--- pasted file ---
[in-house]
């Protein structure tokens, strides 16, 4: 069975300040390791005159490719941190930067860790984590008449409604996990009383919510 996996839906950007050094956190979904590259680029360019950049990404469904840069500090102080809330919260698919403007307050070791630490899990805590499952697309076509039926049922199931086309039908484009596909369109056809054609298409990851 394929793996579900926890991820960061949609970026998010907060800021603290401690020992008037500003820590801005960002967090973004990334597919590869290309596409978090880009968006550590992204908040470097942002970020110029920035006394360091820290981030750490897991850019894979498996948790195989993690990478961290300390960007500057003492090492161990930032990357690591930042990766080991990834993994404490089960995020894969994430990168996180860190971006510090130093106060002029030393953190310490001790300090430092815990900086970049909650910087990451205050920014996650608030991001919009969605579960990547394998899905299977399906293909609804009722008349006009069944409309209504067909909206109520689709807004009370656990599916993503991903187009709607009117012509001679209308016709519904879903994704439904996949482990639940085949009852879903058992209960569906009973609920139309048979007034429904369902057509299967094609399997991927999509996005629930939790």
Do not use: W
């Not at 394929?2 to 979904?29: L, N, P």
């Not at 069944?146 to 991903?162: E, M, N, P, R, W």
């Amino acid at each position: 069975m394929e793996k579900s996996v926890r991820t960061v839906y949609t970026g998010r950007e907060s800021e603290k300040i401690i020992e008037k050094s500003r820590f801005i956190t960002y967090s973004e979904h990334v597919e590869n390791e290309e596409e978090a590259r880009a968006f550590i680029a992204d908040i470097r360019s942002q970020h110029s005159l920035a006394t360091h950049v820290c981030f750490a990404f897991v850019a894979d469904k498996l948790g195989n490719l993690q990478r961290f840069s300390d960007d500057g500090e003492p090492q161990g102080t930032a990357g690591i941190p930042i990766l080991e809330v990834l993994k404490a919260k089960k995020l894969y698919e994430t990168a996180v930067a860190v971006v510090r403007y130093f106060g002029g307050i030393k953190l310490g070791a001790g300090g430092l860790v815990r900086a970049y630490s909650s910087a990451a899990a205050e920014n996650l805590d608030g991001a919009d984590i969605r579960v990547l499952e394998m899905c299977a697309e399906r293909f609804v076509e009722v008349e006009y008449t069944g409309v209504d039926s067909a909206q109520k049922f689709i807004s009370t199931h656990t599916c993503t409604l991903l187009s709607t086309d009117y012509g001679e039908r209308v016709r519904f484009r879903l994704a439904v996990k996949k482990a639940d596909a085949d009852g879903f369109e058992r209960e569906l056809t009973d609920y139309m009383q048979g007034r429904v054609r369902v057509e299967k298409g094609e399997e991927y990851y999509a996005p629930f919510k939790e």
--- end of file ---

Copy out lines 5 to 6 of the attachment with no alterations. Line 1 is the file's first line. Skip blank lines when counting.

């Not at 069944?146 to 991903?162: E, M, N, P, R, W």
């Amino acid at each position: 069975m394929e793996k579900s996996v926890r991820t960061v839906y949609t970026g998010r950007e907060s800021e603290k300040i401690i020992e008037k050094s500003r820590f801005i956190t960002y967090s973004e979904h990334v597919e590869n390791e290309e596409e978090a590259r880009a968006f550590i680029a992204d908040i470097r360019s942002q970020h110029s005159l920035a006394t360091h950049v820290c981030f750490a990404f897991v850019a894979d469904k498996l948790g195989n490719l993690q990478r961290f840069s300390d960007d500057g500090e003492p090492q161990g102080t930032a990357g690591i941190p930042i990766l080991e809330v990834l993994k404490a919260k089960k995020l894969y698919e994430t990168a996180v930067a860190v971006v510090r403007y130093f106060g002029g307050i030393k953190l310490g070791a001790g300090g430092l860790v815990r900086a970049y630490s909650s910087a990451a899990a205050e920014n996650l805590d608030g991001a919009d984590i969605r579960v990547l499952e394998m899905c299977a697309e399906r293909f609804v076509e009722v008349e006009y008449t069944g409309v209504d039926s067909a909206q109520k049922f689709i807004s009370t199931h656990t599916c993503t409604l991903l187009s709607t086309d009117y012509g001679e039908r209308v016709r519904f484009r879903l994704a439904v996990k996949k482990a639940d596909a085949d009852g879903f369109e058992r209960e569906l056809t009973d609920y139309m009383q048979g007034r429904v054609r369902v057509e299967k298409g094609e399997e991927y990851y999509a996005p629930f919510k939790e």